Putting Government in Its Place: The Case for a New Deal 3.0

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David R. Riemer

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Putting Government In Its Place: The Case for a New Deal 3.0 tells the story of the House that FDR Built. Responding to the Great Depression, President Franklin Roosevelt and his New Deal team—most prominently, Frances Perkins and Harry Hopkins—created four new clusters of domestic  policy. Those policy clusters—(1) broad-based  economic security guarantees, (2) means-tested welfare programs, (3) across-the-board market regulation, and (4) massive market manipulation— emerged quickly during the original New Deal of 1933-1938 (Version 1.0). For the next 80 years, both Democrats and Republicans added dozens of new programs within the same four policy clusters, shaping today’s New Deal writ large (Version 2.0).

The model worked fairly well during the post-WWII era when the U.S. dominated the world economy and technology remained generally benign. But since the mid-1970s, the New Deal settlement has sputtered in the face of rising international competition and highly disruptive technology. For decades, we’ve been stuck on a plateau of little-to-no progress—at times, deterioration—in economic security and market effectiveness.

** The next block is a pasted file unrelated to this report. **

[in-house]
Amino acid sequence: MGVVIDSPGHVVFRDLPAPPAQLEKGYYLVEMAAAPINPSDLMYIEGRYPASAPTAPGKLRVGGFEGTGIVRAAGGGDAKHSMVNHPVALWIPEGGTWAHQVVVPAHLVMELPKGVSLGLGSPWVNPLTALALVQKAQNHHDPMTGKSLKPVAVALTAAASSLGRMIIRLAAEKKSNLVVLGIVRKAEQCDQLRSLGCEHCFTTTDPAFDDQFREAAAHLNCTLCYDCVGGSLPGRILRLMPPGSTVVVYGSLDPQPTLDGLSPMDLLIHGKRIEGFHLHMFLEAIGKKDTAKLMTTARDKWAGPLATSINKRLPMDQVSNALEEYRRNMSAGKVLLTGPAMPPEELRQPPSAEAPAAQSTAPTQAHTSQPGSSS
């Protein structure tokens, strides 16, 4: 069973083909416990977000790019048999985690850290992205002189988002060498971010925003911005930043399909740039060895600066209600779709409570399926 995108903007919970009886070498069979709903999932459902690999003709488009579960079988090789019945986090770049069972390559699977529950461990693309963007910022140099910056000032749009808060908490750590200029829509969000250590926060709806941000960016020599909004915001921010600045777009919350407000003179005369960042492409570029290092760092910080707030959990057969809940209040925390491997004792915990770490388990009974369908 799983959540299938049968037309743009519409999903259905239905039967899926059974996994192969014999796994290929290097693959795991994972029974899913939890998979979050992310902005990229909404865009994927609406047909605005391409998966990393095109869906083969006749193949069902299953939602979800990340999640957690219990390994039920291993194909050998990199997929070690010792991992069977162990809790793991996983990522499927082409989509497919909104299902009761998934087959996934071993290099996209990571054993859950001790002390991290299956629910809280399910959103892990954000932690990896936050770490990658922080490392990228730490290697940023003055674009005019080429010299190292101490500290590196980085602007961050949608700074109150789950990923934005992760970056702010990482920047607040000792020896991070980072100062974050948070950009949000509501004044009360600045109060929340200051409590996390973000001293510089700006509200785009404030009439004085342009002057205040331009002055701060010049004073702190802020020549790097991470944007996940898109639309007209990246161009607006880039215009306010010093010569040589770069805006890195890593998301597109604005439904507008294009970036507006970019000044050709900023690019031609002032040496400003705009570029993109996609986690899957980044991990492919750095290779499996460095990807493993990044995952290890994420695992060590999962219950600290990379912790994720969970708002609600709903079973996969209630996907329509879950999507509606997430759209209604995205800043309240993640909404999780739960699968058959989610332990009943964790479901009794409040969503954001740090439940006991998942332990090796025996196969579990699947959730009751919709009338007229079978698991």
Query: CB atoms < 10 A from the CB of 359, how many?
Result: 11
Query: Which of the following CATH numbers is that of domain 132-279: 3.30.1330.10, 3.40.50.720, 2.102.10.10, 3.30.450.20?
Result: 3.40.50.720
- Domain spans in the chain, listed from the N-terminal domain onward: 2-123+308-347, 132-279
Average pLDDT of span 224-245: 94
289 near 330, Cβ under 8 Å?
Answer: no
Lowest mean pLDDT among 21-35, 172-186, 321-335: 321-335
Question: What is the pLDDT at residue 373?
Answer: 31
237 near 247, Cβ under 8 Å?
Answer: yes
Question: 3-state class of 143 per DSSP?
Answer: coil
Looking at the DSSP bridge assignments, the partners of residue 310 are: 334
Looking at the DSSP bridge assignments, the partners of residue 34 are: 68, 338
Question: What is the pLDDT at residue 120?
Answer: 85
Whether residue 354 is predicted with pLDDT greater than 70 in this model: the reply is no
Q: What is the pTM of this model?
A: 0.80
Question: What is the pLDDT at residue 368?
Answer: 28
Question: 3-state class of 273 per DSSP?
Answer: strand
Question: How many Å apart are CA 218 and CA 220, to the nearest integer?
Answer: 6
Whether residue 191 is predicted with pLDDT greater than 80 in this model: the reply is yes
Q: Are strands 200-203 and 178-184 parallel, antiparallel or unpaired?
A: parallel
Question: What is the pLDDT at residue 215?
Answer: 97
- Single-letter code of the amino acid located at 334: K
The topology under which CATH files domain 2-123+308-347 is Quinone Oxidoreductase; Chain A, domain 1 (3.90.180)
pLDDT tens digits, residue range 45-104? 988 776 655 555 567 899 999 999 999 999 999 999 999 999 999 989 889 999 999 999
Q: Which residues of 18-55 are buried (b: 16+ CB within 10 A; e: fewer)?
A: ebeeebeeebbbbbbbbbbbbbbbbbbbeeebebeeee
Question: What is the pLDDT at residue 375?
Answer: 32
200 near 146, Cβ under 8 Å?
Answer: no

Putting Government In Its Place: The Case for a New Deal 3.0 explains the major gaps, flaws, and mistakes of the New Deal settlement. Equally important, the book spells out, in outline and detail, the fundamental and sweeping changes needed to revive the New Deal. The proposed New Deal 3.0 would guarantee far greater economic security for all Americans, make our market economy dramatically more productive, and enlarge the nation’s wealth. The result: America’s next birth of freedom

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